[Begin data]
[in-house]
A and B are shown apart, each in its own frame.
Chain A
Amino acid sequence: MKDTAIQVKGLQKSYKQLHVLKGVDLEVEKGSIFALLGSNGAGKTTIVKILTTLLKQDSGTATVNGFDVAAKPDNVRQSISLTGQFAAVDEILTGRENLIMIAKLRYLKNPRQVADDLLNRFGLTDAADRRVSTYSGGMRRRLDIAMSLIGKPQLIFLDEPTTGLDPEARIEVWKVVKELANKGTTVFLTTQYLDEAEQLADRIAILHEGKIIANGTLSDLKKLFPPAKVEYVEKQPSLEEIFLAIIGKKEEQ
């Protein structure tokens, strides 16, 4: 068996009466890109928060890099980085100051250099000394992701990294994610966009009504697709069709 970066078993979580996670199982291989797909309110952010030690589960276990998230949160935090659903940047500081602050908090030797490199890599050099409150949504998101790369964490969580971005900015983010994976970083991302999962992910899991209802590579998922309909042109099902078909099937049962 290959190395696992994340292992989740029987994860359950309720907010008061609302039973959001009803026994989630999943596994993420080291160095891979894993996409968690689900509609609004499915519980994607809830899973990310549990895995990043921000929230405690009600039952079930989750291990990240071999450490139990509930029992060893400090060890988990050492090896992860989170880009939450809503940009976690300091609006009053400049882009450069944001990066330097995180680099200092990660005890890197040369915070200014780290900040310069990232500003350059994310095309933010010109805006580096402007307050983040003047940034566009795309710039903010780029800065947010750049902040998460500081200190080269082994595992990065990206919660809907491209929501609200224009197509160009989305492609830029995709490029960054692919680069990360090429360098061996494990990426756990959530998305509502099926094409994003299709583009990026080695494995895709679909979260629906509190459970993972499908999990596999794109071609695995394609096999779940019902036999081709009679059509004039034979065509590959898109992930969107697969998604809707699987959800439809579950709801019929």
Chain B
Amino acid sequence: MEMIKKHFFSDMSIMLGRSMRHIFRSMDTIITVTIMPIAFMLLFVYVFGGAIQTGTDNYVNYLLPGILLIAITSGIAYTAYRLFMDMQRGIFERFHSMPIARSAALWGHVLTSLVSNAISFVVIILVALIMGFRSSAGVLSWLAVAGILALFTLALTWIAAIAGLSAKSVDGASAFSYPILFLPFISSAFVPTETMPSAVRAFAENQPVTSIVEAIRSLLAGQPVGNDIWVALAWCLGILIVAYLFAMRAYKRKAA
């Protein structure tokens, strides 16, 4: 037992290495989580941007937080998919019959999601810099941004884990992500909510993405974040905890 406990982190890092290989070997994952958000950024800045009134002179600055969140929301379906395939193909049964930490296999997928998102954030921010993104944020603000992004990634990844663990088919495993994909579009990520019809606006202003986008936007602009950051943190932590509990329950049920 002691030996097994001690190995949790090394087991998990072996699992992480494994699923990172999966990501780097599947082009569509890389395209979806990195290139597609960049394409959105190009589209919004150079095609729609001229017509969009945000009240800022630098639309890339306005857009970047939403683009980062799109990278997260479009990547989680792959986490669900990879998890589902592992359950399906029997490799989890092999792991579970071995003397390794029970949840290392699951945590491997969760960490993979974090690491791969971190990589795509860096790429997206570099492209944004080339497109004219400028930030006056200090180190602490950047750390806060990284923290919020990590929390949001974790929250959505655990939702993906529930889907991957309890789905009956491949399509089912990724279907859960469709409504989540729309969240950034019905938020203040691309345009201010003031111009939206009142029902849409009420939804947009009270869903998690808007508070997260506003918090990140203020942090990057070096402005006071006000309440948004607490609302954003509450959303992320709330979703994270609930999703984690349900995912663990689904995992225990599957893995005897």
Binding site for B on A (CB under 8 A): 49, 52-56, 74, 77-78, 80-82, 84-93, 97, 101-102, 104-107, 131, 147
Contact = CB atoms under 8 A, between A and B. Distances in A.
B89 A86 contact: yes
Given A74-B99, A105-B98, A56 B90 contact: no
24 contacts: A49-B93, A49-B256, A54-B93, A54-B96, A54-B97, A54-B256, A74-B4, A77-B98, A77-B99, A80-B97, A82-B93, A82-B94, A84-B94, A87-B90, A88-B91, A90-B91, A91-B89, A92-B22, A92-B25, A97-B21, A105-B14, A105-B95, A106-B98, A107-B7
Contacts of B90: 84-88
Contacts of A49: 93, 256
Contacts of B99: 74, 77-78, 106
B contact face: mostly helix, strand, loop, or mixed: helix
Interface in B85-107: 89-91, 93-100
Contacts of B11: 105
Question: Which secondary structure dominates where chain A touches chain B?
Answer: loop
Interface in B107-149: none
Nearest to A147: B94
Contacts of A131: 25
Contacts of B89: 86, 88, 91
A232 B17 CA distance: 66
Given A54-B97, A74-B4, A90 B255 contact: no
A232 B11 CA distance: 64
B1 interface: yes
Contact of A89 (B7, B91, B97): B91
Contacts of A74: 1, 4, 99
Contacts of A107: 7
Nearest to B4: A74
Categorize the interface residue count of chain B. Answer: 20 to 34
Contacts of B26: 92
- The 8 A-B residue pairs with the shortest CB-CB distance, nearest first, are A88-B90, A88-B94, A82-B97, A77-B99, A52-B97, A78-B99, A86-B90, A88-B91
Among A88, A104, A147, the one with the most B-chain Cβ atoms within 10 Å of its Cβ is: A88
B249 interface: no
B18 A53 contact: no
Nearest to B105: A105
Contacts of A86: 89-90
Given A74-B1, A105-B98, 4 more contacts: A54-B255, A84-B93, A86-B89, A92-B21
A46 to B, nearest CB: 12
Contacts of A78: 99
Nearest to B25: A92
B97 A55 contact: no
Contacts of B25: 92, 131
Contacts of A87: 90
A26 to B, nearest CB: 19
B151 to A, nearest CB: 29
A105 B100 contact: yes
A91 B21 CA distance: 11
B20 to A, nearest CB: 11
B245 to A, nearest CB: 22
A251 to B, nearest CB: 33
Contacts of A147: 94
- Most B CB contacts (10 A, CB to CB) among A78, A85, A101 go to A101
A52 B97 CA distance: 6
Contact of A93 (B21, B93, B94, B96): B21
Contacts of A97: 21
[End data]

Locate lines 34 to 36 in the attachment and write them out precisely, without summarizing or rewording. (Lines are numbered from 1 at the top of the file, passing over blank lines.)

Categorize the interface residue count of chain B. Answer: 20 to 34
Contacts of B26: 92
- The 8 A-B residue pairs with the shortest CB-CB distance, nearest first, are A88-B90, A88-B94, A82-B97, A77-B99, A52-B97, A78-B99, A86-B90, A88-B91